He’s a brand in himself and he makes a lot of money on that brand showing his success. He’s also, first and foremost, a marketer no mater what. While he might be an honest marketer, he still uses effective marketing tactics hyping up the the data (without actually telling any sort of lie) to drive in more readers.
Here’s one of his recent article posts. His post title was ‘How I Generated $332,640 in 3 Months from Instagram.’
But what if I told you that after reading the case study and crunching the actual numbers, the following 3 titles are just (given the facts I pulled from his post — which could be off given my data source) as accurate and true as the post title he used:
‘How I Banked $27,720 in 3 Months from Instagram with $75,000 in Advertising
‘How I Spent $75,000 and made a Potential $332,640 from Only 56 Sales in 3 Months
‘How I Generated $27,729 through Instagram from 56 Sales By Spending $75,000 on Advertising
Not as exciting as ‘How I Generated $332,640 in 3 Months from Instagram’ are they?
Now, I’m not trying to take away anything from Patel.
He’s a great marketer and he gives awesome advice. I just want to show you how data is neutral and as any good cigarette-funded research study committee will tell you, negative data can be used to show positive results and positive data can be used to demonstrate bad results.
It’s all about how you portray the narrative.
Ok back to Patel’s study.
I want to really break this done just to show you guys that huge claims in post titles are often that: claims to sell something to the reader — even if the facts are true in the post, there is often some exaggeration or manipulation of data for marketing purposes.
Everyone does it (it’s called marketing) and ultimately, it’s up to the reader to do the research.
Patel’s post with some loaded information with the take away being that if you have a good marketing strategy and pay enough money with advertising, you can generate huge sales.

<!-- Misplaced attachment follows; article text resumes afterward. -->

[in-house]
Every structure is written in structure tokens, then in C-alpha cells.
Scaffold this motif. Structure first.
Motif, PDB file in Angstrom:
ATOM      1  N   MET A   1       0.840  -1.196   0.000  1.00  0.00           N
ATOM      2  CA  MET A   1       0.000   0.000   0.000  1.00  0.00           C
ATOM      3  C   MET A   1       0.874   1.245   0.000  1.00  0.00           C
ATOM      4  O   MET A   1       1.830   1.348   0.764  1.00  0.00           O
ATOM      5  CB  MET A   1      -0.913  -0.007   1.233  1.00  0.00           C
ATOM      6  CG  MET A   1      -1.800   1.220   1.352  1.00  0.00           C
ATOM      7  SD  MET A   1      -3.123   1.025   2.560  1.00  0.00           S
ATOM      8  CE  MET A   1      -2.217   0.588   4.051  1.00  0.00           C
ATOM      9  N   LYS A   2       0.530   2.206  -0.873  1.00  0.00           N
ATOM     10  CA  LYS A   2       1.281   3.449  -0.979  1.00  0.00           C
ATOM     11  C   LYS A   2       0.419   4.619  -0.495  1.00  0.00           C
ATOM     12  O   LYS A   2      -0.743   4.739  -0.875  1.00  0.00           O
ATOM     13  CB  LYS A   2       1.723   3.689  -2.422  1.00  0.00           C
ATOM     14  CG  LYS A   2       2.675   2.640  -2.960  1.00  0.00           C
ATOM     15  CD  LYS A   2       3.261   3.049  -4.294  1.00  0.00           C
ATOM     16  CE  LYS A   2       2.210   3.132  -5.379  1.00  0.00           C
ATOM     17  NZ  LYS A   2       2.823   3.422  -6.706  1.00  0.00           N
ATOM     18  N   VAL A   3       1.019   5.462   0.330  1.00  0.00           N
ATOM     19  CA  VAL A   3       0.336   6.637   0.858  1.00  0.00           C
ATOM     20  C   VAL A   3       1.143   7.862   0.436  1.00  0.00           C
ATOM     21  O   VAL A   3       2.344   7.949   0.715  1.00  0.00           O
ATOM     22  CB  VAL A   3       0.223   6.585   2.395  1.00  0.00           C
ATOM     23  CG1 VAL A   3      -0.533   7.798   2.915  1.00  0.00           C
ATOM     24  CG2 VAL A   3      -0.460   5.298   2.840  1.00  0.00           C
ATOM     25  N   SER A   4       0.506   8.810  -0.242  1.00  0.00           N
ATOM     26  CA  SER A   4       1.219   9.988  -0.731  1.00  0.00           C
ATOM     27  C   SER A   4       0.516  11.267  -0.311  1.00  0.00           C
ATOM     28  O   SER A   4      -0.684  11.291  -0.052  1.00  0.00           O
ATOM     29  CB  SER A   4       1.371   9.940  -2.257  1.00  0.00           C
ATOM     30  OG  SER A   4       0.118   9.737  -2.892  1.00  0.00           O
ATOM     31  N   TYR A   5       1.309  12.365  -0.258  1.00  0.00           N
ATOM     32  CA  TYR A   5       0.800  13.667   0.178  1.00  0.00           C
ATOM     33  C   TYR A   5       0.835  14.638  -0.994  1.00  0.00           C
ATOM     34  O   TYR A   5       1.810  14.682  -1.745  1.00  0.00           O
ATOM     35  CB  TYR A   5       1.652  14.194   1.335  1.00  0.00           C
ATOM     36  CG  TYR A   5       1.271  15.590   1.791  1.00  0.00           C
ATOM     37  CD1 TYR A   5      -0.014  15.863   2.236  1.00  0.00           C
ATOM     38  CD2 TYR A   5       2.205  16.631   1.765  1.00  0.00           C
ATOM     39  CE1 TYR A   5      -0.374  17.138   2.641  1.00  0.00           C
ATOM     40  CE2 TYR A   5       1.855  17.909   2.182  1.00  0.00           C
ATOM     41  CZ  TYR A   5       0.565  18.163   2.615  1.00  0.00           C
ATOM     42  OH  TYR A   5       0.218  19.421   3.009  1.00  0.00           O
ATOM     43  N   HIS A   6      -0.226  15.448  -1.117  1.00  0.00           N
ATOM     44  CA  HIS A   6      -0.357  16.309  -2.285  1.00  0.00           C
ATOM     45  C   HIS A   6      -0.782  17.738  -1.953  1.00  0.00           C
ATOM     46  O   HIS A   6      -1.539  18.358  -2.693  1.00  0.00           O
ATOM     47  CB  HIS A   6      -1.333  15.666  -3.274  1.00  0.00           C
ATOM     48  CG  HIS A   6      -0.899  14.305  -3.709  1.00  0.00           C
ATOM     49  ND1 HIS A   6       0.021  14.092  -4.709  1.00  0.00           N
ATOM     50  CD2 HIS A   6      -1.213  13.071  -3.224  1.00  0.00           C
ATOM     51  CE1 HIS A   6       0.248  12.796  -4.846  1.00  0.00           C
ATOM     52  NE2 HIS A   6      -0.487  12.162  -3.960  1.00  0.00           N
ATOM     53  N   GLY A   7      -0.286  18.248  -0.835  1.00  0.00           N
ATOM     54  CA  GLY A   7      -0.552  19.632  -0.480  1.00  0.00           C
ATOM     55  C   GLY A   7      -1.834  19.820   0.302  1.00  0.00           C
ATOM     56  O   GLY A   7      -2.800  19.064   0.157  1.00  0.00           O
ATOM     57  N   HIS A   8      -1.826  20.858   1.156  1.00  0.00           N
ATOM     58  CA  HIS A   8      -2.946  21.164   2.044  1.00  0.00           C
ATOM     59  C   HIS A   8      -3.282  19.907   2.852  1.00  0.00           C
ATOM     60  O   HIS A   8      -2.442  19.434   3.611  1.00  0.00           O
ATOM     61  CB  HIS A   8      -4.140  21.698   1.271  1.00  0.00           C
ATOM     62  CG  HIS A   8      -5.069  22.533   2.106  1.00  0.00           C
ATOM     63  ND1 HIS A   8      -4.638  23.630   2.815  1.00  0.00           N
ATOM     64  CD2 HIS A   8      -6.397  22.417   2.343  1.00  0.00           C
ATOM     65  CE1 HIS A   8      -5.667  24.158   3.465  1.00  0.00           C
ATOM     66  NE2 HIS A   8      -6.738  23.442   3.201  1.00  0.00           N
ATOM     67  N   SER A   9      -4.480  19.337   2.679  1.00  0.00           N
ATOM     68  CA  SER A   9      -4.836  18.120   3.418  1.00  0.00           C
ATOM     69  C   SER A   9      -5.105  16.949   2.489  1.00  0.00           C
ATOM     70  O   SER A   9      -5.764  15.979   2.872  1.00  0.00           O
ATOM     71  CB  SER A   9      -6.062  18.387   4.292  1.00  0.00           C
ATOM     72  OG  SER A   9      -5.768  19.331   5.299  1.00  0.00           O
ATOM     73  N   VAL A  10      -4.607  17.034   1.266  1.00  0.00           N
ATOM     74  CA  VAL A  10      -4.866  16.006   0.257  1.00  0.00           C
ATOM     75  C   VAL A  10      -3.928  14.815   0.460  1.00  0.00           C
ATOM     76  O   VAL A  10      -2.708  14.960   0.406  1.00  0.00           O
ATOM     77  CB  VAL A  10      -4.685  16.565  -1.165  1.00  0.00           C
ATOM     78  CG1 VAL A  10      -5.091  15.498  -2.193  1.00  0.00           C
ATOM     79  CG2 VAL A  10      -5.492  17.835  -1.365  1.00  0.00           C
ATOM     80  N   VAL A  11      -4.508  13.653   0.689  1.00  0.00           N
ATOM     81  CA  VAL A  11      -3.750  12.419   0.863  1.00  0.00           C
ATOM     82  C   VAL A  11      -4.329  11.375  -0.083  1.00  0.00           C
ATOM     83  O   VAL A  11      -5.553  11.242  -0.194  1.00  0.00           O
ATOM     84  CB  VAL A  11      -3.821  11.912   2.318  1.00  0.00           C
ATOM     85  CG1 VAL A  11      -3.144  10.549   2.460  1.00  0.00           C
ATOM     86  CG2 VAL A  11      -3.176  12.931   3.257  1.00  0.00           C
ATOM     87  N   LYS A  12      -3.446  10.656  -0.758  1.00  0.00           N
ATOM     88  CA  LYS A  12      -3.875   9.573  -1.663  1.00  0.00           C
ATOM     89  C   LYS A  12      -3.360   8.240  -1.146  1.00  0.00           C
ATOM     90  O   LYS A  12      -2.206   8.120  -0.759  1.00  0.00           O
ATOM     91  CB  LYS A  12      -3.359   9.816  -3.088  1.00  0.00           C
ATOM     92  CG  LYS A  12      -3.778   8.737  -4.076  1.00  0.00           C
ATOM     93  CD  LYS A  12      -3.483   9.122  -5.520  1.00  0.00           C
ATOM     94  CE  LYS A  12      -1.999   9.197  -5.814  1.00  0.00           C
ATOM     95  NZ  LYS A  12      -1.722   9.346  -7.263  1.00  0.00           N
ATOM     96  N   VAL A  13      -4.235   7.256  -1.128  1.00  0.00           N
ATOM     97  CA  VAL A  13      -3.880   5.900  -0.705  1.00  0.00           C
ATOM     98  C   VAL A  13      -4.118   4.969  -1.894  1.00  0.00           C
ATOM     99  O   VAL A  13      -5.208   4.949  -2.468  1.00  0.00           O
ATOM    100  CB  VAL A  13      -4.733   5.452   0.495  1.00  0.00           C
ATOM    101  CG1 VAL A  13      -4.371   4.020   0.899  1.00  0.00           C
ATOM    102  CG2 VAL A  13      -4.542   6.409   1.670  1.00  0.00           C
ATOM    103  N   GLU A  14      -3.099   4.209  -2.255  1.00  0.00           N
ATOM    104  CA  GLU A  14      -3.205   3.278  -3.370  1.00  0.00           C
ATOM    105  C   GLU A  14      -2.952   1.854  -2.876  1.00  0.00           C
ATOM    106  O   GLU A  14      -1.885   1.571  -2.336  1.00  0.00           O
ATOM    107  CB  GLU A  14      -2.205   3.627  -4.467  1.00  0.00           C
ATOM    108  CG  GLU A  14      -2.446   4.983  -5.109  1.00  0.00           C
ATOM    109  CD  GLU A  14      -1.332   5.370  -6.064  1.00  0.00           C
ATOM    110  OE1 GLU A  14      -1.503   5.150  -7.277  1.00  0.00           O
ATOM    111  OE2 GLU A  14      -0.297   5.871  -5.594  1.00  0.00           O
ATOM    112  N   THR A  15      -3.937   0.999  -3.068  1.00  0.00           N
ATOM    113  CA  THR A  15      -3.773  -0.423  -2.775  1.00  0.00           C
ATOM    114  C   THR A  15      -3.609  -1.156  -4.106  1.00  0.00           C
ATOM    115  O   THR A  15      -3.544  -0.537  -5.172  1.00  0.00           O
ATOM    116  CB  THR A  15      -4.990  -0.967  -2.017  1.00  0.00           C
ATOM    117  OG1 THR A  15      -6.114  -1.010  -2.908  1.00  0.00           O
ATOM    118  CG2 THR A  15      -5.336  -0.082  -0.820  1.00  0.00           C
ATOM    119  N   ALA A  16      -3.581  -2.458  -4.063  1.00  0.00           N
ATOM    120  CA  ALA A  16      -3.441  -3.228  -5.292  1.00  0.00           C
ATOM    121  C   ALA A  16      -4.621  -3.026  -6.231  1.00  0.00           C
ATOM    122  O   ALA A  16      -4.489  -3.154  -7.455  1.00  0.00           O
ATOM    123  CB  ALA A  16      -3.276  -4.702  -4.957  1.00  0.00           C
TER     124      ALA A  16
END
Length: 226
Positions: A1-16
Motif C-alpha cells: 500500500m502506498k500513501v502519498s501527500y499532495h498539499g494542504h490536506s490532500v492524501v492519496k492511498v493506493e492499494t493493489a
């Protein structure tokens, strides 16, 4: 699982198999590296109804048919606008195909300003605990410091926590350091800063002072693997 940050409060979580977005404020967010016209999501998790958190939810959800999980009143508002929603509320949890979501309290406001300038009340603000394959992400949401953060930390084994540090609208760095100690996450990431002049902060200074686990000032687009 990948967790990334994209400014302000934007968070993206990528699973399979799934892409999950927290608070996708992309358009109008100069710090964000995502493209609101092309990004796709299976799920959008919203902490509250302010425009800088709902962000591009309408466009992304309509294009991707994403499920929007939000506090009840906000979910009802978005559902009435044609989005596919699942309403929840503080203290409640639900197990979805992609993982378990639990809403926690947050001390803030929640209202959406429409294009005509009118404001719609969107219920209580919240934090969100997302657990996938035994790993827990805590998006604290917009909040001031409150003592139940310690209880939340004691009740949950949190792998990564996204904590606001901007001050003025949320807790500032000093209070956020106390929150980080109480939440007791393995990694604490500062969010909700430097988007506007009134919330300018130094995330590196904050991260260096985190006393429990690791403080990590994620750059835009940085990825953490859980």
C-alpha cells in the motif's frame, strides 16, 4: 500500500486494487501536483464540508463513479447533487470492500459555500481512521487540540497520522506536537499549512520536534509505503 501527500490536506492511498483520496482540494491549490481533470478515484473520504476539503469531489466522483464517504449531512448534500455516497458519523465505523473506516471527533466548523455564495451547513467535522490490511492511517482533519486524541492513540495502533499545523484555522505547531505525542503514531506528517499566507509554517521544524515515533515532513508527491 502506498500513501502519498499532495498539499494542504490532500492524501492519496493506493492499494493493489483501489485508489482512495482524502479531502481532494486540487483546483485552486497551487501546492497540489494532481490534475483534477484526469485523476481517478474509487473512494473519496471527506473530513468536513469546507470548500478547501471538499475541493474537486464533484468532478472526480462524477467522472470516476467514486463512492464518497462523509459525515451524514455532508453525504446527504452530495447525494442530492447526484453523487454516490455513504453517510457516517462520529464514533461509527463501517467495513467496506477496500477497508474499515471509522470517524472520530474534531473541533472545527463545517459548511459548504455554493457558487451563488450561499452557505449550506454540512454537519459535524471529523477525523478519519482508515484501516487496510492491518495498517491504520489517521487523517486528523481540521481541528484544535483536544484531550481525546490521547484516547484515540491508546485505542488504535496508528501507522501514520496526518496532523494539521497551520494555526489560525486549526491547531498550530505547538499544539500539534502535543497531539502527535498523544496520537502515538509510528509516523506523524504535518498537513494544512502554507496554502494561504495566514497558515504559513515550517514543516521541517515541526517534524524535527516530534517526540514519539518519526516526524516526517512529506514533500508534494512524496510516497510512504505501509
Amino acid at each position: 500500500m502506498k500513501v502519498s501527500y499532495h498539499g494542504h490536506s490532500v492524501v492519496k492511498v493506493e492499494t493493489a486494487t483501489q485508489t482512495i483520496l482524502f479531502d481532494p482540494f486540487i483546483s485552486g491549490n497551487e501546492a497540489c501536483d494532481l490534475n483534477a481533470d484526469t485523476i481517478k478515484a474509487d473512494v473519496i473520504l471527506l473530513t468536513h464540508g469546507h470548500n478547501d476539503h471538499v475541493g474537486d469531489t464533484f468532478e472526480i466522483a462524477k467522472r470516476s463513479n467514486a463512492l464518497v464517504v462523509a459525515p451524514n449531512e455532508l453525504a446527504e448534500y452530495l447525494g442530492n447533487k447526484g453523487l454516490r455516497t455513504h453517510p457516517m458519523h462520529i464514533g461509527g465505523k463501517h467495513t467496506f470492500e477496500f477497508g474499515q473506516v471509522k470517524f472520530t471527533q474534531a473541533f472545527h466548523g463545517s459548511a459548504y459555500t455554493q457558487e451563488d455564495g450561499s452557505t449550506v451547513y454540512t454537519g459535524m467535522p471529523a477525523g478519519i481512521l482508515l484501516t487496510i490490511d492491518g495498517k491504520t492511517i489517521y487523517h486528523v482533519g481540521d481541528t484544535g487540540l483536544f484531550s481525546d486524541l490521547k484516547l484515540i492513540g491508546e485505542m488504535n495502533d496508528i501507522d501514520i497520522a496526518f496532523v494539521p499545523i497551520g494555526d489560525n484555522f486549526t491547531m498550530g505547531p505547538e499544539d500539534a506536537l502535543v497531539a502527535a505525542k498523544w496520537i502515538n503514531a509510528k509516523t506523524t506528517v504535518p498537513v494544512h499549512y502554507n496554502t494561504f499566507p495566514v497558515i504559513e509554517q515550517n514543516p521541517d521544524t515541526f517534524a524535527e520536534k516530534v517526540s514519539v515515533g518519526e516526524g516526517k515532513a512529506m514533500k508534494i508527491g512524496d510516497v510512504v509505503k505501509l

When you read the crazy dollar figure given, you can’t help but be impressed. 332,640 in only 3 months. That sounds fucking insane.
But drill down into the details and you find that while it’s still impressive, it also took an impressive amount of money to accomplish this.
Here’s are some of the facts Neil reveals:
Used the advertising campaign to generate 2,570 email optins from which he marketed his product
Sold his Instagram marketing package for $5,940 each
Sold a total of 56 sales in 3 months from the email list (each sales being counted as $5,940. This means 5,940 x 56 sales = $332,640)
The $5,940 was in fact broken down into 12 monthly reoccurring payments of $495 ($495 x 12 = $5,940)
Neil spent $75,000 on Instagram Advertising over the 3 months
Neil is an online personality in the marketing sphere and has the branding and reputation which he leverages when selling his course
So when we look at the actual title we see a lot of marketing strategies at play here. If you look at my list of 8 Post Content Title Strategies, what does he use?
He uses the Personalized Post Title strategies (uses the How I), he makes the post title Data Driven ($332,640), he includes a Time Limit (3 months). There is also the fact the amount given in the title post is so fantastically large and the time limit is very small that this also draws in the reader.
Now, the post title is completely accurate. Neil give exactly what he says in the title when you look at the data.
But, when you break down the figures, you’ll see a few things of note.
Neil Banked $27,720 NOT $332,640
His ‘332,640’ in sales figure he claims is for the full year (12 months). But he is taking monthly payments of 495. So in actuality, the amount of money Neil’s course has generated and banked is 495×56 = $27,720 NOT the $332,640 amount that Neil is claiming. Yes, in 12 months, Neil will have generated 332,640 but as of now or at the time of the post he made in September 2015, Neil only took in 27,720.